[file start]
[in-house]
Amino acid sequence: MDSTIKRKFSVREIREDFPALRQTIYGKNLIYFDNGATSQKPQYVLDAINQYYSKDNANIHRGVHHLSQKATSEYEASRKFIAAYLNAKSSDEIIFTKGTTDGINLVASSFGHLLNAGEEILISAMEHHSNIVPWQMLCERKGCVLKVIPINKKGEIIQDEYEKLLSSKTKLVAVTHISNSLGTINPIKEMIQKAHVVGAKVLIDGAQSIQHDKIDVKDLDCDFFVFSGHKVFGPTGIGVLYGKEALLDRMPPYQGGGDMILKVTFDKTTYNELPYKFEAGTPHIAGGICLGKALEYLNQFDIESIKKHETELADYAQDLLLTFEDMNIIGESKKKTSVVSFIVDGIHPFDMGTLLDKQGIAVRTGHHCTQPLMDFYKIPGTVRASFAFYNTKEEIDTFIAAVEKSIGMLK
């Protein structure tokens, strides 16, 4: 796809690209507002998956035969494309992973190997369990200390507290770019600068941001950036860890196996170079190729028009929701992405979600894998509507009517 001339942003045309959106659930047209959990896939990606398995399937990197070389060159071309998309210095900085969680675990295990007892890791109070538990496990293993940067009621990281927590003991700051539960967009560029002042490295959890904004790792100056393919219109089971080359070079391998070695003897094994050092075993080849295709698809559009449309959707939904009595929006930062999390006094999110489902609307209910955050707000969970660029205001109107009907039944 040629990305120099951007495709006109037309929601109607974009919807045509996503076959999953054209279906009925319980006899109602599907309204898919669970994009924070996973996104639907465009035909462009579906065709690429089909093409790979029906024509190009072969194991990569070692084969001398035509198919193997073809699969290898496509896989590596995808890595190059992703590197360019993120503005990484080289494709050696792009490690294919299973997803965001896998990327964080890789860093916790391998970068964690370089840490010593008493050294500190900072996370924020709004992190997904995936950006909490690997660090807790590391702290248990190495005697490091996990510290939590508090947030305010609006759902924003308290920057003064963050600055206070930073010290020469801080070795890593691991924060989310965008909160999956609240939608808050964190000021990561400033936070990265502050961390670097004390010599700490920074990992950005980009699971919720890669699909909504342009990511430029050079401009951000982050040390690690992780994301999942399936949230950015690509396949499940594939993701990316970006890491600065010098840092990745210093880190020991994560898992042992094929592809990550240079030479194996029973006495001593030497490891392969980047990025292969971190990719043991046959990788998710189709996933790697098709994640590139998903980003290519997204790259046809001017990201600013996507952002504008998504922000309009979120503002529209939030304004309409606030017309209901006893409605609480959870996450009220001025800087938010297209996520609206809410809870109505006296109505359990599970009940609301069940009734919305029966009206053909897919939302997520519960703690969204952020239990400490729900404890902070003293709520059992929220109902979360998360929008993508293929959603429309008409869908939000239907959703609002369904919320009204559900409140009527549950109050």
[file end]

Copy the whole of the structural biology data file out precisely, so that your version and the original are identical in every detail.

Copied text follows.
[in-house]
Amino acid sequence: MDSTIKRKFSVREIREDFPALRQTIYGKNLIYFDNGATSQKPQYVLDAINQYYSKDNANIHRGVHHLSQKATSEYEASRKFIAAYLNAKSSDEIIFTKGTTDGINLVASSFGHLLNAGEEILISAMEHHSNIVPWQMLCERKGCVLKVIPINKKGEIIQDEYEKLLSSKTKLVAVTHISNSLGTINPIKEMIQKAHVVGAKVLIDGAQSIQHDKIDVKDLDCDFFVFSGHKVFGPTGIGVLYGKEALLDRMPPYQGGGDMILKVTFDKTTYNELPYKFEAGTPHIAGGICLGKALEYLNQFDIESIKKHETELADYAQDLLLTFEDMNIIGESKKKTSVVSFIVDGIHPFDMGTLLDKQGIAVRTGHHCTQPLMDFYKIPGTVRASFAFYNTKEEIDTFIAAVEKSIGMLK
């Protein structure tokens, strides 16, 4: 796809690209507002998956035969494309992973190997369990200390507290770019600068941001950036860890196996170079190729028009929701992405979600894998509507009517 001339942003045309959106659930047209959990896939990606398995399937990197070389060159071309998309210095900085969680675990295990007892890791109070538990496990293993940067009621990281927590003991700051539960967009560029002042490295959890904004790792100056393919219109089971080359070079391998070695003897094994050092075993080849295709698809559009449309959707939904009595929006930062999390006094999110489902609307209910955050707000969970660029205001109107009907039944 040629990305120099951007495709006109037309929601109607974009919807045509996503076959999953054209279906009925319980006899109602599907309204898919669970994009924070996973996104639907465009035909462009579906065709690429089909093409790979029906024509190009072969194991990569070692084969001398035509198919193997073809699969290898496509896989590596995808890595190059992703590197360019993120503005990484080289494709050696792009490690294919299973997803965001896998990327964080890789860093916790391998970068964690370089840490010593008493050294500190900072996370924020709004992190997904995936950006909490690997660090807790590391702290248990190495005697490091996990510290939590508090947030305010609006759902924003308290920057003064963050600055206070930073010290020469801080070795890593691991924060989310965008909160999956609240939608808050964190000021990561400033936070990265502050961390670097004390010599700490920074990992950005980009699971919720890669699909909504342009990511430029050079401009951000982050040390690690992780994301999942399936949230950015690509396949499940594939993701990316970006890491600065010098840092990745210093880190020991994560898992042992094929592809990550240079030479194996029973006495001593030497490891392969980047990025292969971190990719043991046959990788998710189709996933790697098709994640590139998903980003290519997204790259046809001017990201600013996507952002504008998504922000309009979120503002529209939030304004309409606030017309209901006893409605609480959870996450009220001025800087938010297209996520609206809410809870109505006296109505359990599970009940609301069940009734919305029966009206053909897919939302997520519960703690969204952020239990400490729900404890902070003293709520059992929220109902979360998360929008993508293929959603429309008409869908939000239907959703609002369904919320009204559900409140009527549950109050």